Her name sounds like “January,” and this Celtic goddess may well have been syncretized with the Roman god Janus after whom the month is named. Her shrine was located near Beire-le-Chatel in Burgundy, France.Richard Stillwell notes that the sanctuary’s “Walls were razed,” which is another way of saying that the Christians were particularly thorough in their destruction of this temple complex. From the multiple pieces of statues among the rubble, it looks like many deities were worshiped, and that the walls were erected to partition outdoor shrines.There are two intact inscriptions, one to Ianauria and another to the Matrones. Ianauria’s dedication depicts a curly-haired child playing the pipes. Votive offerings to a Celtic equivalent of the Roman god Mars were often statues of children holding doves. The Celtic Mars deity is unrelated to the martial aspect of Roman Mars, and could possibly be related to Mars as a nurturing bird deity. See my earlier article on Mars as the Roman woodpecker god.There were at least four large doves at the Beire-le-Chatel complex. The Celts, like the people in the pre-Indo-European cultures they assimilated, were primarily animal worshipers, with anthropomorphism of animal deities a by-product of Greco-Roman influence. Continental Celts probably worshiped a dove deity that became romanized as Mars or a feminine version of Janus. Since Turtledoves are usually conceptualized in pairs, it’s interesting that the god Mars is the father of twins and Janus has two faces. Note from the video below that the simple turr turr turr of the Turtledove would be easy to replicate on even a primitive flute.SourcesGreen, Miranda. Animals in Celtic Life and Myth. London: Routledge, 1992.Stillwell, Richard. The Princeton Encylopedia of Classical Sites. Princeton, NJ: Princeton University Press, 1976. Accessed at http://www.perseus.tufts.edu/hopper/text?doc=Perseus:text:1999.04.0006:entry=beire-le-chatel
Animal divinity can take many forms.A living animal can literally be a god or goddess. An example of this would be the crocodile Petesuchos, who lived at the temple to the Egyptian god Sebek. Petesuchos wore jewelry, lived a pampered existence and was considered the literal offspring of Sebek, elevated above the ordinary crocodile who might be killed for meat or safety.A specific animal can also be a living omen or message from a deity. The white buffalo calf Miracle, born on a Wisconsin farm, was seen as a message from White Buffalo Calf Woman of positive and momentous changes. Honoring Miracle honored the blessings and prophecy of White Buffalo Calf Woman. Miracle also shows how an animal can embody divinity in more than one way, as Miracle was often propitiated with gifts, sometimes highly valued gifts such as military medals, as if she were an actual goddess like Petesuchos (although not all Plains Indians who revered Miracle viewed her in this way).An animal species might be sacred to a particular deity, and thus all members of this species might be treated with deference out of reverence for that deity. An example of this would be the dog, who is sacred to the goddess Nehalennia and usually pictured as her companion.An animal can be considered sacred for her contribution to human life, for her symbology, or for her pivotal role in myth. The cow is given special status by Hindus for her gift of milk. In the 1980’s thousands of school children wrote the Ohio State Legislature protesting a proposal to allow dove hunting, arguing that it would be killing peace. Lenape Indians were successful in getting some limitations placed on groundhog killing in Pennsylvania, due to the significance of the animal in creation stories.Some deities of strong significance to humans are animal gods or goddesses. In his earliest known form of worship, Apollo is a mouse god. His temple in Tenedos housed hundreds or perhaps thousands of mice, who were not considered gods in their own right but were pampered as a favor to Apollo. The mice had a divine function as omens as well, with large litters presaging economic prosperity. Special priestesses were employed to interpret oracles from the mouse god. The goddess Athena typifies many deities of Old Europe by having twin animal forms of earth creature (snake) and sky creature (owl).Every animal has its own deity. Modern pagans refer to the chief deities of plant and animal species as devas, a word borrowed from Sanskrit which means “god.” In appealing to the deity of an animal which does not have a recognized cult, the animal “deva” will be invoked. Alternatively, when petitioning a specific animal colony, the “queen,” who is leader of that particular family, can also be invoked. It is also possible to appeal en masse to a group of animals, praying to the animals in their collective spirit, although some would quibble that this is the same as appealing to an animal deva.Closely related to an animal deity, but not exactly the same thing, is an animal familiar. A familiar is a being who helps a priestess with her magic. The familiar can be an incarnate living creature or a discarnate being who exists only in spirit, but most often she is a living animal. There is much that I can say about the animal familiar, and whole books have been written on the subject, so I will talk about familiars in a later post.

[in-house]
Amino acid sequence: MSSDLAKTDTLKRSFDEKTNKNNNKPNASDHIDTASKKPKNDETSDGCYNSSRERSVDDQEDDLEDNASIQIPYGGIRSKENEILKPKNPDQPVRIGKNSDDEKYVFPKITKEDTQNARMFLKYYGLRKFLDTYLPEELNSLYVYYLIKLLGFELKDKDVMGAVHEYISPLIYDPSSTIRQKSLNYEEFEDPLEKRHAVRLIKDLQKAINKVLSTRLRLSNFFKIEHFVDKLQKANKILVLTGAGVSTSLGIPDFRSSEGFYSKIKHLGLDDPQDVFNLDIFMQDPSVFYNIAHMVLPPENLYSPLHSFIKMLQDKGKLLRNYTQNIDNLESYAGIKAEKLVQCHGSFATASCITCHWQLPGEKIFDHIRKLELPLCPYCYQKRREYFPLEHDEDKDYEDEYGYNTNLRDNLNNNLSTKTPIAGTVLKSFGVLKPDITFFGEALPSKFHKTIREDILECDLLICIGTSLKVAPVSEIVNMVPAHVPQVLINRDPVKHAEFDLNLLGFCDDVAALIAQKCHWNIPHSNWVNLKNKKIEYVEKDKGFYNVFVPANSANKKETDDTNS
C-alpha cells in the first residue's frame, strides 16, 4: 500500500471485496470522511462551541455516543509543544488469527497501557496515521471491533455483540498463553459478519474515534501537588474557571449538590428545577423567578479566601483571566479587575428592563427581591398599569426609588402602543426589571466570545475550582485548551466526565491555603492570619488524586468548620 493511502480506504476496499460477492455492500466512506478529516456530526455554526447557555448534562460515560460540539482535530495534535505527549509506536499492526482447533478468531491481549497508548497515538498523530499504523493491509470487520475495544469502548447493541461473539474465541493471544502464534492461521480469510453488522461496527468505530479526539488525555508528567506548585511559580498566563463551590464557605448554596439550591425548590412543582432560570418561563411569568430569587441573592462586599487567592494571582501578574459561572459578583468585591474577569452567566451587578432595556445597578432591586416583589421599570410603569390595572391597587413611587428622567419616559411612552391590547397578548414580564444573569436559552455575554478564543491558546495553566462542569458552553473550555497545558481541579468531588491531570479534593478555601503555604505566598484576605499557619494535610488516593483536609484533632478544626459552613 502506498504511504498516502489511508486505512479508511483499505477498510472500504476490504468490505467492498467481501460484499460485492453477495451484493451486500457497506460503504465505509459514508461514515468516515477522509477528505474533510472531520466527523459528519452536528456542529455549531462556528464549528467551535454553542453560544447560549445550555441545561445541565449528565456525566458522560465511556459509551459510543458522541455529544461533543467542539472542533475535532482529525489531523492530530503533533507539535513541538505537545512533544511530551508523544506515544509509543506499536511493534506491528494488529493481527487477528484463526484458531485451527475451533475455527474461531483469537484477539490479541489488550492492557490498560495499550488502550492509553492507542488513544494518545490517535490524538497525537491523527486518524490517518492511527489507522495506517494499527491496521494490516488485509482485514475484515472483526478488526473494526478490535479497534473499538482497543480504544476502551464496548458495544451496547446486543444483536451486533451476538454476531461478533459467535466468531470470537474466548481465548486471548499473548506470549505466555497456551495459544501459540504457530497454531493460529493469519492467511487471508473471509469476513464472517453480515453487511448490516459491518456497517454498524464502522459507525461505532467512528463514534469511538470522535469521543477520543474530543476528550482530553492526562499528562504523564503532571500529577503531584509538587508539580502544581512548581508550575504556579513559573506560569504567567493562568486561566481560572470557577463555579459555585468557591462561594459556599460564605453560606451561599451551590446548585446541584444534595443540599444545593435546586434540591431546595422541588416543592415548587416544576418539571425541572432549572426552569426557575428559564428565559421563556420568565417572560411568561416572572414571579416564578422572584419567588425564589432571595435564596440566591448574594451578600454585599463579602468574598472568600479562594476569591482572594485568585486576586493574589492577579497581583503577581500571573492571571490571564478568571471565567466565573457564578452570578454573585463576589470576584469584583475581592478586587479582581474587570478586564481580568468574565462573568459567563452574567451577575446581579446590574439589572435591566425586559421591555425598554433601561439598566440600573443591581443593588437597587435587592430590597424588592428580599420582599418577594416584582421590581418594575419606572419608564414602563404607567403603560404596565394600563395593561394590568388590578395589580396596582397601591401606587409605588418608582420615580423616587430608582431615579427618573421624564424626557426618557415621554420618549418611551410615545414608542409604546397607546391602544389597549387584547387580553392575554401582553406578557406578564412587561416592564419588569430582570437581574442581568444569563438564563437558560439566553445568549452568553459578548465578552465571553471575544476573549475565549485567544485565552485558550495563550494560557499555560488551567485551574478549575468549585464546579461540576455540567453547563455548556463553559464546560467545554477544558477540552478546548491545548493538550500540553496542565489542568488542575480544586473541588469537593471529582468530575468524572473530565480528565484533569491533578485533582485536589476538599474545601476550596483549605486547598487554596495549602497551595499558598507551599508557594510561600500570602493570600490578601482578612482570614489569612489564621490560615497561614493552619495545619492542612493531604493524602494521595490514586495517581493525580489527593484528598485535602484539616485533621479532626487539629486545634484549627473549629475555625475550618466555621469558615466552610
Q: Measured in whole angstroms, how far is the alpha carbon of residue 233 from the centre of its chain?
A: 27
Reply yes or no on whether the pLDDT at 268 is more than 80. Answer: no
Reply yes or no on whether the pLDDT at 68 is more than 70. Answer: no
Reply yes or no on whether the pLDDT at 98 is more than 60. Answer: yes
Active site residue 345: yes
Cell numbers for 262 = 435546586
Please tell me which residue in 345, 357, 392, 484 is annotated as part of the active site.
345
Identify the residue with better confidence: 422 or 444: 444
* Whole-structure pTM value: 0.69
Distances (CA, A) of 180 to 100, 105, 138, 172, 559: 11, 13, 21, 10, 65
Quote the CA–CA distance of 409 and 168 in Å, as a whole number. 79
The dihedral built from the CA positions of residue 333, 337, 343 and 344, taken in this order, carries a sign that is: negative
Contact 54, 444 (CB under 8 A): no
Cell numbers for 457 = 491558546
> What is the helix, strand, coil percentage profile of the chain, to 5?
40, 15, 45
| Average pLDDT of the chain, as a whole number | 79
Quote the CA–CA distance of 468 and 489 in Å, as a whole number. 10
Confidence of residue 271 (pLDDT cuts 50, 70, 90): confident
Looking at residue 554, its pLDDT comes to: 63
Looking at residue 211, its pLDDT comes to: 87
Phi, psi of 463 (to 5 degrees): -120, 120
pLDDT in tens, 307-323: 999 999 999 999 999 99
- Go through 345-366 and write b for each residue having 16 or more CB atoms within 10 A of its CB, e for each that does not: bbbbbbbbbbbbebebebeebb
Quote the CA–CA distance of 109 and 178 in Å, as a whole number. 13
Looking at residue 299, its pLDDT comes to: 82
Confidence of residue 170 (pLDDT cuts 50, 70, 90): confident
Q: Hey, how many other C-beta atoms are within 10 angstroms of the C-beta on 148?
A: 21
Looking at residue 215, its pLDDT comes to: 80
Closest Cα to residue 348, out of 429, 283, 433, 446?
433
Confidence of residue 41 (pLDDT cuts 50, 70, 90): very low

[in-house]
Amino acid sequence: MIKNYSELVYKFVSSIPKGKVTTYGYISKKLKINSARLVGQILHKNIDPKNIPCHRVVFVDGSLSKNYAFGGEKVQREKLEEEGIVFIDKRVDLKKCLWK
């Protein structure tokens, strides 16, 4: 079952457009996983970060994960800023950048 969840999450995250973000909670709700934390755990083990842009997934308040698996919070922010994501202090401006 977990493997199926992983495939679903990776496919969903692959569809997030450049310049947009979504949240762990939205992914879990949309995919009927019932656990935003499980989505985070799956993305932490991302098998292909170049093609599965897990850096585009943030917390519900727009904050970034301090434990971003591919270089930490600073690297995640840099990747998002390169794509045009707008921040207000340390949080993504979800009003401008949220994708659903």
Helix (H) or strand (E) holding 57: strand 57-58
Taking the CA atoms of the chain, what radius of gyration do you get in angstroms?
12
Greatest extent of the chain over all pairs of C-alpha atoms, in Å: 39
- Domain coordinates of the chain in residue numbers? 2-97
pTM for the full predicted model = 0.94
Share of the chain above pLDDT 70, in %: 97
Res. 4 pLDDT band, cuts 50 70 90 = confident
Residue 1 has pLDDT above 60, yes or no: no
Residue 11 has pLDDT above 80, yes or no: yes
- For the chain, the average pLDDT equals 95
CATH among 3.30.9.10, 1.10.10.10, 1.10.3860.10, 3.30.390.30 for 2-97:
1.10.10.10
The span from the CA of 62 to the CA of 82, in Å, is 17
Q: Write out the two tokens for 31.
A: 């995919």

How much do you know about the winged companions of the Goddess? If you’ve been following this blog for awhile you’ll recognize many of these. Match the bird in the left column with the European or Middle Eastern goddess (or god) she is frequently associated with.
Answers are here.Feel free to add other goddess and god associations for these birds in the comments.